I usually write about the importance of a good diet, but lately I’ve been writing about exercise. If your going to keep the pounds off, you must have a plan to burn the calories your eating and you have to eat enough to maintain your body. So it’s a “catch-22”. Eat to maintain and burn up what you eat. Yoga can help with that.
Yoga is a great way to work on your flexibility and strength. Just about everyone can do it, too — it’s not just for people who can touch their toes or want to meditate.
Some types of yoga are about relaxation. In others, you move more. Most types focus on learning poses, called asanas. They also usually include attention to breathing.
At any level of yoga, you’ll probably start to notice benefits soon. In one study, people improved their flexibility by up to 35% after only 8 weeks of yoga.
Strike a Pose for Strength
Some styles of yoga, such as ashtanga and power yoga, are very physical. Practicing one of these styles will help you improve muscle tone.
But even less vigorous styles of yoga, such as Iyengar or hatha, can provide strength and endurance benefits.
Many of the poses, such as downward dog, upward dog, and the plank pose, build upper-body strength. The standing poses, especially if you hold them for several long breaths, build strength in your hamstrings, quadriceps, and abs. Poses that strengthen the lower back include upward dog and the chair pose.
When done right, nearly all poses build core strength in the deep abdominal muscles.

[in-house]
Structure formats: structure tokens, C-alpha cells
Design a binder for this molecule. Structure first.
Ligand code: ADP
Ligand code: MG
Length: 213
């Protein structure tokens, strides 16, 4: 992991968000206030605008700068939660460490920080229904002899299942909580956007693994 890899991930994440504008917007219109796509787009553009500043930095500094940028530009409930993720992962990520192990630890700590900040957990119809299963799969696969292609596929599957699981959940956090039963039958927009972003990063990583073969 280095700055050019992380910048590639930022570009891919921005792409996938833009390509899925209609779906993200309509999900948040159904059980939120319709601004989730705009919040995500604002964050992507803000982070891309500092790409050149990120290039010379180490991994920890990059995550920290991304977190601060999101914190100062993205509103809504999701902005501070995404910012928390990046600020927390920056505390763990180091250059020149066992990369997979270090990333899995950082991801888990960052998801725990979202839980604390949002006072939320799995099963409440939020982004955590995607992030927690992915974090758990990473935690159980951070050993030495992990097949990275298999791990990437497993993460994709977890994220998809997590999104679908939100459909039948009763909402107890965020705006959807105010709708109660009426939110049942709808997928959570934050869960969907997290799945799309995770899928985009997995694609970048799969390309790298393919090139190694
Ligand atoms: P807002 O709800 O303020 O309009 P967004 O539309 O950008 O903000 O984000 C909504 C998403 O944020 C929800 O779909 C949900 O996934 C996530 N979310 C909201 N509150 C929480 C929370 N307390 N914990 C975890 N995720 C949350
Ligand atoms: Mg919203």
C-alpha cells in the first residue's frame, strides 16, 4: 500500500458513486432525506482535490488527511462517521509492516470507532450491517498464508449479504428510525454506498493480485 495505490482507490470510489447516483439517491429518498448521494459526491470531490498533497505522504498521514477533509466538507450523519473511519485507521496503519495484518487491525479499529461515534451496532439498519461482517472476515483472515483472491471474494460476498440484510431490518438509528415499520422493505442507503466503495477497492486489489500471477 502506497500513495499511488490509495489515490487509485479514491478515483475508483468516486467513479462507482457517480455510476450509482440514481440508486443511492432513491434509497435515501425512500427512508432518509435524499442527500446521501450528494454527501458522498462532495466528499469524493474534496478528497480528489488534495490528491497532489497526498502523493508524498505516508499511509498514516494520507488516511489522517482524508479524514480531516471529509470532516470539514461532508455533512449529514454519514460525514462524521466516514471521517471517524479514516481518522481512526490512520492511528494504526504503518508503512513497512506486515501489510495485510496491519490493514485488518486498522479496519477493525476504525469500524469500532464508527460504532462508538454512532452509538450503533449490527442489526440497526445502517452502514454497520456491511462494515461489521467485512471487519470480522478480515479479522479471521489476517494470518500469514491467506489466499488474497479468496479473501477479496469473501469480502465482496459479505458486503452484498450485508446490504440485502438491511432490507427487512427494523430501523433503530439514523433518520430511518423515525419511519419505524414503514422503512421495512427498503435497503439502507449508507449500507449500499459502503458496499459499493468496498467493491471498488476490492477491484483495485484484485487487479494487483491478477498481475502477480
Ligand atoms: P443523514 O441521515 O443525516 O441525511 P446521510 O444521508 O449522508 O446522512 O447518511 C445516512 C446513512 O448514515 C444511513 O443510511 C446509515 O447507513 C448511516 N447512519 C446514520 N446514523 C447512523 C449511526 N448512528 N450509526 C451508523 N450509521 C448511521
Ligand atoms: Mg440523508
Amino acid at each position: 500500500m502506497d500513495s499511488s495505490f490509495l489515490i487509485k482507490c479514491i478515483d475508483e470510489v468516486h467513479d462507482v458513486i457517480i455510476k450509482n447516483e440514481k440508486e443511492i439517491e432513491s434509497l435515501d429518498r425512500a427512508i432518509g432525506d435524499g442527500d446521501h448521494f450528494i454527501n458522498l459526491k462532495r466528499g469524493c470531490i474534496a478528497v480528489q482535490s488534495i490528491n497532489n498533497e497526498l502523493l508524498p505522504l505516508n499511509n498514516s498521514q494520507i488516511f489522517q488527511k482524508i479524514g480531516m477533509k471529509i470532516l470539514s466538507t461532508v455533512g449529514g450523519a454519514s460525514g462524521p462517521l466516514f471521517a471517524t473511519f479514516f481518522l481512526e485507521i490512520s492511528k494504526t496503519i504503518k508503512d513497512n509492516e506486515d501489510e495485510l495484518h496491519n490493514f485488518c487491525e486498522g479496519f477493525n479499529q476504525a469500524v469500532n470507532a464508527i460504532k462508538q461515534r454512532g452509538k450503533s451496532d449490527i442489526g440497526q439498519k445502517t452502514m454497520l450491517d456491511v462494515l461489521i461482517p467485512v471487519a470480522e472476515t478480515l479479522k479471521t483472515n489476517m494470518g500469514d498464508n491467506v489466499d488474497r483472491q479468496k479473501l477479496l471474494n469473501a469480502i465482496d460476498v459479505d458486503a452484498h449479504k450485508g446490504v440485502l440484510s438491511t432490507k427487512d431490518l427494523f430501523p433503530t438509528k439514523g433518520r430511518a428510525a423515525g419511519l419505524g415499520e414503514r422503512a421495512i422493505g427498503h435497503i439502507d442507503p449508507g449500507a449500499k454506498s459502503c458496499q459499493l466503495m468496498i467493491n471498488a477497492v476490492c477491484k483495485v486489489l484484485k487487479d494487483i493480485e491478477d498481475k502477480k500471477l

Better Posture From Yoga
When you’re stronger and more flexible, your posture improves. Are you worried about osteoporosis? Yoga can help with that. Talk to your doctor.
Most standing and sitting poses develop core strength, since you need your core muscles to support and maintain each pose.
With a stronger core, you’re more likely to sit and stand “tall.”
Yoga also helps your body awareness. That helps you notice more quickly if you’re slouching or slumping, so you can adjust your posture.
Yoga usually involves paying attention to your breath, which can help you relax. It may also call for specific breathing techniques.
But yoga typically isn’t aerobic, like running or cycling, unless it’s an intense type of yoga or you’re doing it in a heated room. Intense yoga can burn more calories for it’s not for beginners.
Less Stress, More Calm
You may feel less stressed and more relaxed after doing some yoga.
Some yoga styles use meditation techniques that help calm the mind. Focusing on your breathing during yoga can do that, too.
Good for Your Heart
Yoga has long been known to lower blood pressure and slow the heart rate. A slower heart rate can benefit people with high blood pressure or heart disease, and people who’ve had a stroke.
Yoga has also been linked to lower cholesterol and triglyceride levels, and better immune system function.
As a person gains weight and becomes overweight, your body tends to be susceptible to disease and a good diet and regular exercise will fix that. Yoga can be that exercise. Regular yoga, even if you do it at home can improve most of your vitals. If you’re not one who exercises you will feel better in a few weeks. Don’t get discouraged and quit. If you’re not getting the results you hoped for, increase your exercise or adjust your diet. Just going to one Yoga class a week will teach you Yoga poses but you should do yoga at home also. Yoga needs to be done everyday. I do Yoga poses at night watching TV. 20 minutes a night will keep you in shape for the next class. The important thing is not to quit. Be flexible in your thinking and be willing to make changes to get better results.
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